I’ve heard that when trying out a new pen for the first time 97% of people will write their own name.
In life we search for things that are familiar. At the ballpark we see people wearing our team’s colors. At a new restaurant we first look for the “Favorites”. A political candidate stirs our emotions by tapping into things we already believe.
They say the origin of the word Familiar comes from the phrase ‘of family’.
“…we learn how to love, and who to love, from our family… In fact, our unconscious acts like a GPS unit to seek a ‘familiar’ love that we’ve had in our family.” Daniel Tomasulo, Ph.D.
How ironic then for the “family” format to be so unfamiliar!
Several years ago I helped launch a Christian music station in Indianapolis for a mainstream broadcaster. Because most of the air staff was imported from the other stations in the building we ended up only one person with any Christian radio experience.
That didn’t seem to be a big deal to us at the time until we began to encounter the all-to-familiar Christian radio speed bumps named Halloween and Harry Potter.
“How do we talk about THIS?”, they would ask, freshly aware of the unsuspecting backlash to a Santa appearance at Dunkin’ Donuts.
Those three little words are the centerpiece of a remarkable image campaign during the Olympics by Proctor and Gamble. They help emotionally connect relatively obscure sporting events to something everyone can identify with.
“A mom’s love of a young child who is an athlete is a universal emotion. These commercials create positive feelings. When consumers think about the brand, the feelings will transfer over.” – Karen Machleit, head of the Marketing Department, University of Cincinnati
A brand built on beliefs and values will transcend the individual elements of the brand.
The Contemporary Christian radio format can touch a deep place in the heart, and yet, too often its presentation is unimaginative and formal. There is nothing so brilliant that can’t be made utterly ineffective through an analytical presentation. I’ve known stations that were so unspectacular that not even the staff listened when they didn’t have to.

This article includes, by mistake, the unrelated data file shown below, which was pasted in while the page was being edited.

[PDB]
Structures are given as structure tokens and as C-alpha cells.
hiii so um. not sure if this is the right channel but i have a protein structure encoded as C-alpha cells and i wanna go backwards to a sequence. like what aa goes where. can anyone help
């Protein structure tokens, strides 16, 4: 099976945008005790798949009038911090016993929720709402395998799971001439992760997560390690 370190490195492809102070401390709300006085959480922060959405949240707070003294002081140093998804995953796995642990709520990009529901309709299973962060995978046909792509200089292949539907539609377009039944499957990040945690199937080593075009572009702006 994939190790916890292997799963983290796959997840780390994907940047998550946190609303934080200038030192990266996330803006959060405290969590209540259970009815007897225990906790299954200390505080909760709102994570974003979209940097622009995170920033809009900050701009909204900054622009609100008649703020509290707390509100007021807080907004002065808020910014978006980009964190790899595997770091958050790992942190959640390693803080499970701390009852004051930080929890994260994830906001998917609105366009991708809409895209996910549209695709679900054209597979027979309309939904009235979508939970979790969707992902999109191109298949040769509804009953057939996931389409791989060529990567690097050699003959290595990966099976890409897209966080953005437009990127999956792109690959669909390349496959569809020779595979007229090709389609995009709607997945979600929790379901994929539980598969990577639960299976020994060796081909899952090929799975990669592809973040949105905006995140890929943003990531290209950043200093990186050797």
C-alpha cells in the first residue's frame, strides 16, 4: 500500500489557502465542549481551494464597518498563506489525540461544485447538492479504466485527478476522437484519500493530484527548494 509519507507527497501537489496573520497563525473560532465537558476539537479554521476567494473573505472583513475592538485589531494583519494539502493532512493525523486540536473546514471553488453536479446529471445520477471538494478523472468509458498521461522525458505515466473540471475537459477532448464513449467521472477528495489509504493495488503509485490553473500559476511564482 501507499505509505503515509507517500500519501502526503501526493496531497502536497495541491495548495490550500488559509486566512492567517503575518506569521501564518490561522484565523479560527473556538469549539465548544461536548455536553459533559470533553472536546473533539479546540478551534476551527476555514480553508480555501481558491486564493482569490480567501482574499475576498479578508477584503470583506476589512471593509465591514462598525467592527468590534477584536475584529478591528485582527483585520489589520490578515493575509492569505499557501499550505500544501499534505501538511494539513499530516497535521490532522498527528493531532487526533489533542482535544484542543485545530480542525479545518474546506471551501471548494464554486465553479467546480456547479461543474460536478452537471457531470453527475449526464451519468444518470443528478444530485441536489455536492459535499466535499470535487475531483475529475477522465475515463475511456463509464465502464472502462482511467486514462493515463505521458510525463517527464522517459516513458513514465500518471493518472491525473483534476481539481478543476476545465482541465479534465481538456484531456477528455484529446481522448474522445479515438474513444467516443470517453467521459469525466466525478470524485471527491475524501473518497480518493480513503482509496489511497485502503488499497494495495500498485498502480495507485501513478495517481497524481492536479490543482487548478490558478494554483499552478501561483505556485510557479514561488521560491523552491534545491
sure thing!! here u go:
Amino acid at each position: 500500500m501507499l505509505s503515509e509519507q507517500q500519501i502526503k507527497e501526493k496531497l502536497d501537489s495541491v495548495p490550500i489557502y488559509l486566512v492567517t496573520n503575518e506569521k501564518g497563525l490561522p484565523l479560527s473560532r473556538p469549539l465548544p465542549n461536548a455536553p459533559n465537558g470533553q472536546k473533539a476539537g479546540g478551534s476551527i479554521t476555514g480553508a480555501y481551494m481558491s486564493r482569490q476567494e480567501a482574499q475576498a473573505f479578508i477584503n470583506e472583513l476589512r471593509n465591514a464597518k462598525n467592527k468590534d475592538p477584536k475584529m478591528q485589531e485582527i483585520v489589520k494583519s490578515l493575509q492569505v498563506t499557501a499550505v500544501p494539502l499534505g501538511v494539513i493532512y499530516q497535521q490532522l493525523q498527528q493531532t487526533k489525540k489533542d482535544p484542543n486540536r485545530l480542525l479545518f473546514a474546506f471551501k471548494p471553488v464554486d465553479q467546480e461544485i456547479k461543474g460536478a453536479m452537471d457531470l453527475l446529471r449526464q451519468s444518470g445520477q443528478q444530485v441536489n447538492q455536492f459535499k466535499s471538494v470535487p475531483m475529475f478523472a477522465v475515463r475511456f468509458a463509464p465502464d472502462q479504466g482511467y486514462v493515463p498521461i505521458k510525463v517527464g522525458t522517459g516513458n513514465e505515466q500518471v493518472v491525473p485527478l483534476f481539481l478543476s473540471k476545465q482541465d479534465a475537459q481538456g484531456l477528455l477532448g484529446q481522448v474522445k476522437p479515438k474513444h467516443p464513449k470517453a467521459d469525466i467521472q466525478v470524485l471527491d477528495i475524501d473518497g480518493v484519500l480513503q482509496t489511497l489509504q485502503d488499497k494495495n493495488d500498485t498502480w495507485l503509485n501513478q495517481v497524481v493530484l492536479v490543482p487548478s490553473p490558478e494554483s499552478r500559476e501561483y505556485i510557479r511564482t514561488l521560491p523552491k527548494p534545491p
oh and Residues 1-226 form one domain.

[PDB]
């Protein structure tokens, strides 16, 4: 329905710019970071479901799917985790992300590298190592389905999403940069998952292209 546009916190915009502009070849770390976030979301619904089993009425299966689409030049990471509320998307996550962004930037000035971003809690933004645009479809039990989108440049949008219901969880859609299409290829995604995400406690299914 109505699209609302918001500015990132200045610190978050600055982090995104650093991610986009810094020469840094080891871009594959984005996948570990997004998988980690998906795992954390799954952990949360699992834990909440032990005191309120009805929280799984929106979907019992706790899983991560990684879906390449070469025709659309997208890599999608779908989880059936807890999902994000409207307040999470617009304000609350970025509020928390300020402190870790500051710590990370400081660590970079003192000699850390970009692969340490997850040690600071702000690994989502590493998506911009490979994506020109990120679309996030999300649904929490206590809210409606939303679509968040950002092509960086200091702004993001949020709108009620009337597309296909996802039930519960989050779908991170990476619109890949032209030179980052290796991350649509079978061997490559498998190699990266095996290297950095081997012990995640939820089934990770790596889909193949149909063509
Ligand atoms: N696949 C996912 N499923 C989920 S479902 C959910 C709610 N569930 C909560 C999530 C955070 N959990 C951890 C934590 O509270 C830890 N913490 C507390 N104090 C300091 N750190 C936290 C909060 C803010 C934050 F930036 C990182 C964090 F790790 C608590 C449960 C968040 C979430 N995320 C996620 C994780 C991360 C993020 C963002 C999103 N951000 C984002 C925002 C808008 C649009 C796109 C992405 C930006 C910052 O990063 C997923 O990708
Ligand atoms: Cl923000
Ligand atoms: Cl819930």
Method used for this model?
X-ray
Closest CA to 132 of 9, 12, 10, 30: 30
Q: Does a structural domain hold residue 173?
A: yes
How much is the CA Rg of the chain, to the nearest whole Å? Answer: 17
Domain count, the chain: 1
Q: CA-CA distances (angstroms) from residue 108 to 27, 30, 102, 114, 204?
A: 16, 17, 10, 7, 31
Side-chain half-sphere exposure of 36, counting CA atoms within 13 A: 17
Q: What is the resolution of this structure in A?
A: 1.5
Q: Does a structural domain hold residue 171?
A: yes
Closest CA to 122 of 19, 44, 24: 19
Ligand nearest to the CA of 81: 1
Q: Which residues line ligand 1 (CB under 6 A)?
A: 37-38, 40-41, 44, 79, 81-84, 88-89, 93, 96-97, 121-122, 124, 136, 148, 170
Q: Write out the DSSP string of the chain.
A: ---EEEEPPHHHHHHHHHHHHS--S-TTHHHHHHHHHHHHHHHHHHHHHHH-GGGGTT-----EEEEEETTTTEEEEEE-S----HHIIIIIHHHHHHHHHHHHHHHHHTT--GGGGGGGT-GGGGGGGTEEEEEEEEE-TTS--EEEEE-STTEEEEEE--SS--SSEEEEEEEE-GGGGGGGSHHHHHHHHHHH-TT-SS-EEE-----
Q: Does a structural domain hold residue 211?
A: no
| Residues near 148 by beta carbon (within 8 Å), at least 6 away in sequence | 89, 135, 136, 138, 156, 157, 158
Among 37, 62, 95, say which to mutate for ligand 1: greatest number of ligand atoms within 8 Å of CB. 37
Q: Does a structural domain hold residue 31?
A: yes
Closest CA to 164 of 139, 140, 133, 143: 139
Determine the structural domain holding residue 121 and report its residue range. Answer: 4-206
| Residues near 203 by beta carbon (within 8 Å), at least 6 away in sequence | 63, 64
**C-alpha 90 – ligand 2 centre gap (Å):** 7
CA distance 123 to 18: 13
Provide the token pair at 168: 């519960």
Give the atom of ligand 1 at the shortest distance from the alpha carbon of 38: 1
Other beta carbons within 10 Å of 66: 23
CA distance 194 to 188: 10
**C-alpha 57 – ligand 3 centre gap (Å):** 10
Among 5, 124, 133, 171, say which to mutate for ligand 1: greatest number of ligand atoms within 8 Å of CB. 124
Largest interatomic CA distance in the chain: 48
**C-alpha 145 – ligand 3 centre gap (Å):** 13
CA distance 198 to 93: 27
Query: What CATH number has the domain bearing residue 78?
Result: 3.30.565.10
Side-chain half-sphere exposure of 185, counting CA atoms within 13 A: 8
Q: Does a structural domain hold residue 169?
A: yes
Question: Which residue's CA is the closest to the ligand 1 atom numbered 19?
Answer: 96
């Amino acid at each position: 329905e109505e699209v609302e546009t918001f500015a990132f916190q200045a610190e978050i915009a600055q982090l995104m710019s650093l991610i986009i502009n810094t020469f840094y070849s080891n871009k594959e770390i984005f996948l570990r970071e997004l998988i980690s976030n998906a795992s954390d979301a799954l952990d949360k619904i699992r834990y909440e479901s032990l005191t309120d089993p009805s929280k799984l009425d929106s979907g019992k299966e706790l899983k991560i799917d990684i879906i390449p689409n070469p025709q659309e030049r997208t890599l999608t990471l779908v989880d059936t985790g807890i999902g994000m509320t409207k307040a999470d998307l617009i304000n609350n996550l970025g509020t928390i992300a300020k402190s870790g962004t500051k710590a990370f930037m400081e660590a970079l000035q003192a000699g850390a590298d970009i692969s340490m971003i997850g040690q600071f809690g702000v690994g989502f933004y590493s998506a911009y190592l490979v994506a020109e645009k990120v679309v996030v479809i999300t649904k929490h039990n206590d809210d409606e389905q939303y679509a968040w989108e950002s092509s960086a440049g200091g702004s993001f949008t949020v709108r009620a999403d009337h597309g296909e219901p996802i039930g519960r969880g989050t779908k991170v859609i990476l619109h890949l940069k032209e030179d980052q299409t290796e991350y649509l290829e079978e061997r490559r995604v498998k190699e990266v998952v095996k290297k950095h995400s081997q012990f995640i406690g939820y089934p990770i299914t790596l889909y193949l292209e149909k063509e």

What can we learn from this campaign?
At its best our format is more than just music and quacking dee jays. It can be the largest church in town and a gathering point for the tribe (which author Seth Godin describes as “a group of people connected to one another, connected to a leader, and connected to an idea”).
Transforming your station from a passive medium (we talk about anything we want and you HAVE to listen) to an active one (“all of us talk about the same thing at the same time”) involves two specific techniques your air talent need to understand.
Facebook is ten years old, perhaps you’ve heard. Log in and you’ve probably seen something like this:
Here’s my Facebook movie. Find yours at…
Our radio stations can learn a thing or two from this campaign.
Facebook’s birthday isn’t about Facebook. It’s about you.
Roy Williams says…
“We buy what we buy to remind ourselves – and tell the world around us – who we are… We’re attracted to reflections of ourselves.”
Something to consider – hundreds of millions of movies have been created without anyone even being asked to. Facebook simply made it easy for you to see what your friends were doing.